is almost unknown.

Tourism
While Jaisalmer may always have been remote, it is filled with many artistic structures and monuments of local historical importance. Jaisalmer's medieval mud fortress and walled township make it a popular tourist destination. The surrounding desolate landscape evidences a stark, austere beauty. Camel safaris through the nearby desert dunes are popular with tourists; competition for business is fierce. A few quiet days spent
wandering around the town and the surrounding desert can be a wonderful way of unwinding from the chaos of larger Indian cities.

Visitor attractions

Jaisalmer Fort
Built in 1156 by the Bhati Rajput ruler Jaisal, it is situated on Trikuta Hill and had been the scene of many battles. Its massive sandstone walls are a tawny lion color during the day, turning to a magical honey-gold as the sun sets. The famous Indian film director Satyajit Ray wrote a detective novel and later turned it into a film - Sonar Kella (The Golden Fortress) which was based on this fort. This is a living fort and about a quarter of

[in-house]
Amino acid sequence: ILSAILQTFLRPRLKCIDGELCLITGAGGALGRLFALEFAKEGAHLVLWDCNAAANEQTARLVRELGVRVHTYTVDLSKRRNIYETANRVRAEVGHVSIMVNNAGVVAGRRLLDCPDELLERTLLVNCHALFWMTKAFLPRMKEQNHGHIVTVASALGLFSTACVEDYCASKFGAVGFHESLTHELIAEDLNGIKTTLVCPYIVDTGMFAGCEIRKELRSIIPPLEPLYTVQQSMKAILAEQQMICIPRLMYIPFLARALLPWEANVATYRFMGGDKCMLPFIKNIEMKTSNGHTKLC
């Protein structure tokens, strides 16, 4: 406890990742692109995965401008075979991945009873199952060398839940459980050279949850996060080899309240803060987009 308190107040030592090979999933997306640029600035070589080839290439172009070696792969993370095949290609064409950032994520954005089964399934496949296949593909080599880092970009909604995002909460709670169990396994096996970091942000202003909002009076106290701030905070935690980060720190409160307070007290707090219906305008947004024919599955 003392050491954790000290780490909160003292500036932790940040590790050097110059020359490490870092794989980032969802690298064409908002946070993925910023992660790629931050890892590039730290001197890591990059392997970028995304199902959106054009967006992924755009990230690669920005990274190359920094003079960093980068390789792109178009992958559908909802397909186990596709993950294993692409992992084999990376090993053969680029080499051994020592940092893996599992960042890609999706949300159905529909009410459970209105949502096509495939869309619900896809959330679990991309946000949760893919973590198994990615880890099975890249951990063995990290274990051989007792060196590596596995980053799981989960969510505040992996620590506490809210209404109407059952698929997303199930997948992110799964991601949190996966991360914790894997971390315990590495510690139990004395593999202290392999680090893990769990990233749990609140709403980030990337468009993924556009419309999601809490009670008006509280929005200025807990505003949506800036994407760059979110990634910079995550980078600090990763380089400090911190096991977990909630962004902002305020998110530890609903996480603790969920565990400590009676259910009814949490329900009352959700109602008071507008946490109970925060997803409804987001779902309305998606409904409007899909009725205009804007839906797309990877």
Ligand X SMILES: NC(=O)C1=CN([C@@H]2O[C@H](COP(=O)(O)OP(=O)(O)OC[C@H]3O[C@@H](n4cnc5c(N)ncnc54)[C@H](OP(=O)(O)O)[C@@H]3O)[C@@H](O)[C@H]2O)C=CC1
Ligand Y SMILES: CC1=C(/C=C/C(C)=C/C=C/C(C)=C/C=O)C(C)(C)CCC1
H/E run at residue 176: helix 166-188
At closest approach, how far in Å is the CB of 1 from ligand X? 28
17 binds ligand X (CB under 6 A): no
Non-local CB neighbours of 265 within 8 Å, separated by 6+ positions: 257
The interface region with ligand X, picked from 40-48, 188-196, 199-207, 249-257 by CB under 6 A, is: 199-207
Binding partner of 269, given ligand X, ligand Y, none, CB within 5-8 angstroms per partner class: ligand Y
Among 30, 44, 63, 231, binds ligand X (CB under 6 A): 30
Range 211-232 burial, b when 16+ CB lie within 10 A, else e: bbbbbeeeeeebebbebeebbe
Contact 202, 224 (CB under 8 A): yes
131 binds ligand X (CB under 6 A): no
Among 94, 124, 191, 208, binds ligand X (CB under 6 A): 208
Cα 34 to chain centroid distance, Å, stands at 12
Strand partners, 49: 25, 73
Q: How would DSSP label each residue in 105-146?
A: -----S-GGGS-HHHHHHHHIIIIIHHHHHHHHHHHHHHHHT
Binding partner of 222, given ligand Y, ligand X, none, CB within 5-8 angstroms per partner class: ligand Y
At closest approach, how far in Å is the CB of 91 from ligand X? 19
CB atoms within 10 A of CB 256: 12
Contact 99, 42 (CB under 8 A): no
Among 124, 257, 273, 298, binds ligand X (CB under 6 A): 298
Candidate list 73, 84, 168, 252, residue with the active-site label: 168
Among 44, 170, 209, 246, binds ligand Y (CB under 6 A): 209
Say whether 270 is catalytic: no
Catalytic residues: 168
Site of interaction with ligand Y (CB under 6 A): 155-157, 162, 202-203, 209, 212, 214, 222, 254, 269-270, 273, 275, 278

city's population still live inside the fort. The main attractions inside the fort are: Raj Mahal (Royal palace), Jain temples and the Laxminath temple.

Havelis
The main havelis in Jaisalmer are:
Patwon-ki-Haveli: Built by Guman Chand Patwa (and later by his five sons), a wealthy merchant and banker who had over three hundred trading centres from Afghanistan to China. This ornate five-storey complex took fifty years to complete. This is the largest, the most magnificent, and the most elaborate of Jaisalmer havelis.

Salim Singh-ki-Haveli: It was built by the scheming Prime Minister Salim Singh in 1815. It has a beautifully arched roof capped with blue cupolas and carved brackets in the form of peacocks.

Nathmalji-ki-Haveli: Bult by a Prime Minister of princely state of Jaisalmer. Its facade is a riot of ornamentation: flowers, birds, elephants, soldiers, a bicycle and even a steam engine.

Museums
Desert Culture Centre & Museum
Jaisalmer Folklore Museum
Government Museum

Other
Gadsisar Lake
Excavated in 1367 by Rawal Gadsi Singh, it is a scenic rainwater lake surrounded by small temples and shrines.

In neighbourhood
Bhattiani Sati Rani
Bada Bagh
Bada Bagh Panorama in the afternoon
Amar Sagar
Lodhruva
Mool Sagar
Kuldhara
Desert National Park
Sam sand dunes
Khuri village
Akal Wood fossil Park

Desert festival
This is held over three days in Jan/Feb every year. This is the best time to visit Jaisalmer to witness many performing arts like Kalbelia dances and folk songs and music.